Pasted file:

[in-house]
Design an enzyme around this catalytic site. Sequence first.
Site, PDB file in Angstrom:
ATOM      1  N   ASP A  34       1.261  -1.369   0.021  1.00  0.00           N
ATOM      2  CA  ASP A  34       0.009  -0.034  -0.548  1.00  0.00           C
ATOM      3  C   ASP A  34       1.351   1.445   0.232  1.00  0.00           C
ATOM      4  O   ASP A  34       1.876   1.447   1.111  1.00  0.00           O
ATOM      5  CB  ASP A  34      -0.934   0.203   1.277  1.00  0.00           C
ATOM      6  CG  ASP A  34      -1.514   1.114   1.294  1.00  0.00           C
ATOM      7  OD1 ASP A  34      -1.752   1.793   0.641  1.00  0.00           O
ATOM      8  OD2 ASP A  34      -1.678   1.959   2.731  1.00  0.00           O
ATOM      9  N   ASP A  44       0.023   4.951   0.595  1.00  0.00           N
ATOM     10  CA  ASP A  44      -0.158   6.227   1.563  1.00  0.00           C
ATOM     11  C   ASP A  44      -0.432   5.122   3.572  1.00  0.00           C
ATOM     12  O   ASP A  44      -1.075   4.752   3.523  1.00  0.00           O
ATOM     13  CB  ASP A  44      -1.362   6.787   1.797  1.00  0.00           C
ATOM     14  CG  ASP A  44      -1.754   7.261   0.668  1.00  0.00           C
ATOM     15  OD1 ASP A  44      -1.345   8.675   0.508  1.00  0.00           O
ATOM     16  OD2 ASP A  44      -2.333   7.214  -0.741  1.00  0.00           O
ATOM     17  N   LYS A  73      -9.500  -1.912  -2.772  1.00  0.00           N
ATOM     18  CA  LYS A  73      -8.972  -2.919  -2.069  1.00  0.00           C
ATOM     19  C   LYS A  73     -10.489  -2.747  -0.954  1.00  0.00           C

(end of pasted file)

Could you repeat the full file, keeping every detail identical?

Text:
[in-house]
Design an enzyme around this catalytic site. Sequence first.
Site, PDB file in Angstrom:
ATOM      1  N   ASP A  34       1.261  -1.369   0.021  1.00  0.00           N
ATOM      2  CA  ASP A  34       0.009  -0.034  -0.548  1.00  0.00           C
ATOM      3  C   ASP A  34       1.351   1.445   0.232  1.00  0.00           C
ATOM      4  O   ASP A  34       1.876   1.447   1.111  1.00  0.00           O
ATOM      5  CB  ASP A  34      -0.934   0.203   1.277  1.00  0.00           C
ATOM      6  CG  ASP A  34      -1.514   1.114   1.294  1.00  0.00           C
ATOM      7  OD1 ASP A  34      -1.752   1.793   0.641  1.00  0.00           O
ATOM      8  OD2 ASP A  34      -1.678   1.959   2.731  1.00  0.00           O
ATOM      9  N   ASP A  44       0.023   4.951   0.595  1.00  0.00           N
ATOM     10  CA  ASP A  44      -0.158   6.227   1.563  1.00  0.00           C
ATOM     11  C   ASP A  44      -0.432   5.122   3.572  1.00  0.00           C
ATOM     12  O   ASP A  44      -1.075   4.752   3.523  1.00  0.00           O
ATOM     13  CB  ASP A  44      -1.362   6.787   1.797  1.00  0.00           C
ATOM     14  CG  ASP A  44      -1.754   7.261   0.668  1.00  0.00           C
ATOM     15  OD1 ASP A  44      -1.345   8.675   0.508  1.00  0.00           O
ATOM     16  OD2 ASP A  44      -2.333   7.214  -0.741  1.00  0.00           O
ATOM     17  N   LYS A  73      -9.500  -1.912  -2.772  1.00  0.00           N
ATOM     18  CA  LYS A  73      -8.972  -2.919  -2.069  1.00  0.00           C
ATOM     19  C   LYS A  73     -10.489  -2.747  -0.954  1.00  0.00           C